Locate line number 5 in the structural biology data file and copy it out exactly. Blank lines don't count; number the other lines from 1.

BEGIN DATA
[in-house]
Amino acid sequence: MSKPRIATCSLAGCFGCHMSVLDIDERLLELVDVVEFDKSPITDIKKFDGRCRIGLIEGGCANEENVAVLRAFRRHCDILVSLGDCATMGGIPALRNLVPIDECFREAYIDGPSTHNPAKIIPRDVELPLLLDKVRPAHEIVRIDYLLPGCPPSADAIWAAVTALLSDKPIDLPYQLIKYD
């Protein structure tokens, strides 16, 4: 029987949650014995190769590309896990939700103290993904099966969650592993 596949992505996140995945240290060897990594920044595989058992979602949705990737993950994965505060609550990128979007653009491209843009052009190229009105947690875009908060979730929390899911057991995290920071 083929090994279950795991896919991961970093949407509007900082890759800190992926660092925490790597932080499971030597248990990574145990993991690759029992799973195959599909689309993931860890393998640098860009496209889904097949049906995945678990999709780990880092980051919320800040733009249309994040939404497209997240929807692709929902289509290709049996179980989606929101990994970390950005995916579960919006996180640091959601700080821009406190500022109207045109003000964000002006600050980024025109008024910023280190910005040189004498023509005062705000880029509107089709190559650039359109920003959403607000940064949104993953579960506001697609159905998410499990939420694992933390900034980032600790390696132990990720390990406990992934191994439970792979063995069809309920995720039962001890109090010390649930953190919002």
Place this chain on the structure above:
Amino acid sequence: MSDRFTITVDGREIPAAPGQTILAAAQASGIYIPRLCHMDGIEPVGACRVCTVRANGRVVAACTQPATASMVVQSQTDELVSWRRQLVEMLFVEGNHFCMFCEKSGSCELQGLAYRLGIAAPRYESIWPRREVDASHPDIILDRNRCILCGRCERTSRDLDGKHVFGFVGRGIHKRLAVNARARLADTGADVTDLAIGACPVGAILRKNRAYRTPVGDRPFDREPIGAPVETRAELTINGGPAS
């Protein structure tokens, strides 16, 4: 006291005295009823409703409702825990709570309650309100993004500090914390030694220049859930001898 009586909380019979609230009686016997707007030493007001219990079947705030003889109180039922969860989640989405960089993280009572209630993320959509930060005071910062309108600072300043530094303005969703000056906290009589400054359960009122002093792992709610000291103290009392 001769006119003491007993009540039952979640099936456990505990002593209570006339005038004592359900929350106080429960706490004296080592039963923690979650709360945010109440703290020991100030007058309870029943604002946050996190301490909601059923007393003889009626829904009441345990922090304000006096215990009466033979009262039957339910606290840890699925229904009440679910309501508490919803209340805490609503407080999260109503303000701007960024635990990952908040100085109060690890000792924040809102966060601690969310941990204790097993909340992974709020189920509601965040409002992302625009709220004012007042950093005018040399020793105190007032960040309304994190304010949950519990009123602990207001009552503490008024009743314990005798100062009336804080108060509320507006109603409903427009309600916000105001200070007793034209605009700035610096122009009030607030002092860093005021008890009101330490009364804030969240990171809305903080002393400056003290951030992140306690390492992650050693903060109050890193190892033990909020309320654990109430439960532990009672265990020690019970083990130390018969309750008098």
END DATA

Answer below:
Amino acid sequence: MSDRFTITVDGREIPAAPGQTILAAAQASGIYIPRLCHMDGIEPVGACRVCTVRANGRVVAACTQPATASMVVQSQTDELVSWRRQLVEMLFVEGNHFCMFCEKSGSCELQGLAYRLGIAAPRYESIWPRREVDASHPDIILDRNRCILCGRCERTSRDLDGKHVFGFVGRGIHKRLAVNARARLADTGADVTDLAIGACPVGAILRKNRAYRTPVGDRPFDREPIGAPVETRAELTINGGPAS